Audio News from Archaeologica
The news of the week in audio, brought to you by The Archaeology Channel, is compiled and written by Michelle Hilling of Archaeologica and read by Laura Pettigrew. The audio news is compiled from Archaeologica’s daily news updates. The musical interludes are original compositions by Anthony Pettigrew.
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Hasmonean-era building in Jerusalem; unique Plains Indian fortress in Oklahoma; sculpted clay coffins in the Peruvian Amazon; 2000-year-old Polish iron-smelting site
Seasonal encampment in Labrador; revealing results from Buddha’s birthplace; early Neolithic earthworks near Stonehenge; obsidian phallic objects in New Britain
Middle Bronze Age wine cellar in northern Israel; Mexican temple dedicated to the Lord of Death; organic compounds preserved Egyptian meat mummies; ancient Siberian DNA links to Native Americans.
Huge Roman port revealed by excavation; ancient temple in Iran; Crusader burial with two swords in Finland; part of Confederate ironclad raised to the surface.
Ancient cave art found in Brazil; Roman eagle sculpture stuns British archaeologists; massive stones moved on ice to Beijing’s Forbidden City; Egyptian mummy’s beaded collar reassembled.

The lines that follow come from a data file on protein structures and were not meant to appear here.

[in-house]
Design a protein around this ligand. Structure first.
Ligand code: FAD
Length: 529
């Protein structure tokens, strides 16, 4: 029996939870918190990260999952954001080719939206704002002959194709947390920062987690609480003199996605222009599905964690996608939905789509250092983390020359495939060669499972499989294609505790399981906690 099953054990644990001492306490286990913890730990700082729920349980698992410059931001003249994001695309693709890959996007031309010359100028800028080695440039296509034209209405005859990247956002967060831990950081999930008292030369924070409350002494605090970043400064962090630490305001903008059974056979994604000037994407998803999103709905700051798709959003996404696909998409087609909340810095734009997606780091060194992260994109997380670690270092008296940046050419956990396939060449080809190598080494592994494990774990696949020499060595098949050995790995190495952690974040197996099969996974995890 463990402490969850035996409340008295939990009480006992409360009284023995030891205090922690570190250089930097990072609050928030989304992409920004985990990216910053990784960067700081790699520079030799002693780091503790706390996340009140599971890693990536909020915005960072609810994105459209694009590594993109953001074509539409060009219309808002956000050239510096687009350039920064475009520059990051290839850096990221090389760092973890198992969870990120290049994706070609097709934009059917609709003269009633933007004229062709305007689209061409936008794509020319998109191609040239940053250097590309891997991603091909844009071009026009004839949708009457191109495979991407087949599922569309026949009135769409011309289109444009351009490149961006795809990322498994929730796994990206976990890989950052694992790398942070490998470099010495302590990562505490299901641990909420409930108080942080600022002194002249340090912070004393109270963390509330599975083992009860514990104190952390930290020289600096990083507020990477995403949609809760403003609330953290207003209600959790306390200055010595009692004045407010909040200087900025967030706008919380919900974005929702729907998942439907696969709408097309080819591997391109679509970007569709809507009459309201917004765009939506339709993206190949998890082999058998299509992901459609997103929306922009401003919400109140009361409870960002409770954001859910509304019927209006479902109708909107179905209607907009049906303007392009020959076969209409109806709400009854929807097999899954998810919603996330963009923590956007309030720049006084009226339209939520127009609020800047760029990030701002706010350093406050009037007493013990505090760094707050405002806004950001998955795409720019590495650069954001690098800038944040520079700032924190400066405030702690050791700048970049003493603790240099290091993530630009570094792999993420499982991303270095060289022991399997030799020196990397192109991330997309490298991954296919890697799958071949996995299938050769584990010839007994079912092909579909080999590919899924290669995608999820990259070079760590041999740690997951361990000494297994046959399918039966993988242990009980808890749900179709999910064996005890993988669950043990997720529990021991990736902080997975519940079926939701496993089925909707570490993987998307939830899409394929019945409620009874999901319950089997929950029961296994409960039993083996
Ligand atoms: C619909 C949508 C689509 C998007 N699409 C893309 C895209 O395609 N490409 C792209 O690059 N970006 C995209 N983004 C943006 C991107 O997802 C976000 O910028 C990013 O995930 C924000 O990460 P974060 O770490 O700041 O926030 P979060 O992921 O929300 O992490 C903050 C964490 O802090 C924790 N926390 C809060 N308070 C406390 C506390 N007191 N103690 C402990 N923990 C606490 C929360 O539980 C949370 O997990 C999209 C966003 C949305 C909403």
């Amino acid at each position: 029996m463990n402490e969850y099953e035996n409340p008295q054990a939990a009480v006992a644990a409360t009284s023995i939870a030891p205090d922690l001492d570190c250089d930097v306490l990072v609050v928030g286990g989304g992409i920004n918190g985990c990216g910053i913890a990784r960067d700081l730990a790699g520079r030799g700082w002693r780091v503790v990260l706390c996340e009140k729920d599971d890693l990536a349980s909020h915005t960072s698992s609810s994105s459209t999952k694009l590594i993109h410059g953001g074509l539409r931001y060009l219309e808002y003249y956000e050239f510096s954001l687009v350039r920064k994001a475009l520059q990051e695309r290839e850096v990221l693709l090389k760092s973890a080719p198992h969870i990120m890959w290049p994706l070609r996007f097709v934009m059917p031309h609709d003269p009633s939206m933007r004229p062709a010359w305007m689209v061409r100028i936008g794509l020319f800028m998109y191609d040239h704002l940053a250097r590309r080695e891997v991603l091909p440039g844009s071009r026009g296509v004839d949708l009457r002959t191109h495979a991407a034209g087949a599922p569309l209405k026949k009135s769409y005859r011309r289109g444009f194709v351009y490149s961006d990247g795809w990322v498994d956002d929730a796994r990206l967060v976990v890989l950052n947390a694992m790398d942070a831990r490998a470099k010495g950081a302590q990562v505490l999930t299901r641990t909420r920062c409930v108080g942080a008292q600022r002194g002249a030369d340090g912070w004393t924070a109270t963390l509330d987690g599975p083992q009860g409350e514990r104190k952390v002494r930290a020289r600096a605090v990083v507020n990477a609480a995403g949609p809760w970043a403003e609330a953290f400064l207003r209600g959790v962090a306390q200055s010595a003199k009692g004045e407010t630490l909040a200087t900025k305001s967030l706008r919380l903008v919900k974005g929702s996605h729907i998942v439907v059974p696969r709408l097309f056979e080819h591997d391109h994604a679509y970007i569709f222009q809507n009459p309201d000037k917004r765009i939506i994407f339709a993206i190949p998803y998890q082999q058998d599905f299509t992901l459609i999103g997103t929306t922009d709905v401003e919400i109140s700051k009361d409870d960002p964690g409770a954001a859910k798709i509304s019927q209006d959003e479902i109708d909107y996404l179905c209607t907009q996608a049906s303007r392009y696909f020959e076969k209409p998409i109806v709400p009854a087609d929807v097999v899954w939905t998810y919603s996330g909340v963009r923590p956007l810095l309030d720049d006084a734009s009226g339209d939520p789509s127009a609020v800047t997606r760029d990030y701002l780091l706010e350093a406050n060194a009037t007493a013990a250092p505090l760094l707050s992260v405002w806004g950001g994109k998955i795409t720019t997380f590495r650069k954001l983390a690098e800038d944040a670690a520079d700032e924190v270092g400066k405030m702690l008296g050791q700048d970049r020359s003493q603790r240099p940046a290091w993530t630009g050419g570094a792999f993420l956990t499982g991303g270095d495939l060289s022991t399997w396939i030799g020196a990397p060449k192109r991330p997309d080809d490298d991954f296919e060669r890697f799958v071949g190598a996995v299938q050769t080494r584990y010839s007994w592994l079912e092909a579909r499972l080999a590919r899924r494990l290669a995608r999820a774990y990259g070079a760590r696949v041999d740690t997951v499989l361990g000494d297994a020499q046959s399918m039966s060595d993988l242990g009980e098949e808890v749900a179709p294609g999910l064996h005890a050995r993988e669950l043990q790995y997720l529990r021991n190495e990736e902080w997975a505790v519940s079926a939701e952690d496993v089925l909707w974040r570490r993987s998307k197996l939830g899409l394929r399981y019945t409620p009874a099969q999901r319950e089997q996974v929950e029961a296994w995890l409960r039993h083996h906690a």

Pollen study indicates drought ended the Levant Bronze Age; Norwegian Viking silk came from Persia; pre-Inca religious center in northern Peru; volunteer retirees save Roman history.
Etruscan warrior is a princess; amazing early Alpine sites in Wyoming; magical curse in Jerusalem; Roman house in Portugal.
Origins of pre-Inca empires; important Mesolithic site near Stonehenge; King Herod burial place remains elusive; massive wooden monument in pre-Viking Sweden.
Mesopotamian clay balls; cave wall handprints apparently made by women; very early Greek stoa; sod house near Barrow, Alaska.
Ancient city appears beneath northern Iraq village; Iron Age massacre in Sweden; Apache caches push back date of arrival in American Southwest; 9000-year-old defleshing ritual in the Philippines.
Aphrodite head in southern Turkey; Easter Islanders ate rats more than fish; 8000 years of human Alpine use; intact Etruscan tomb
Massive earthworks and new ceramics in Brazil; Frankish Empire connection in Poland; Cahokia’s massive fire; Roman infantry unit identified in Jordan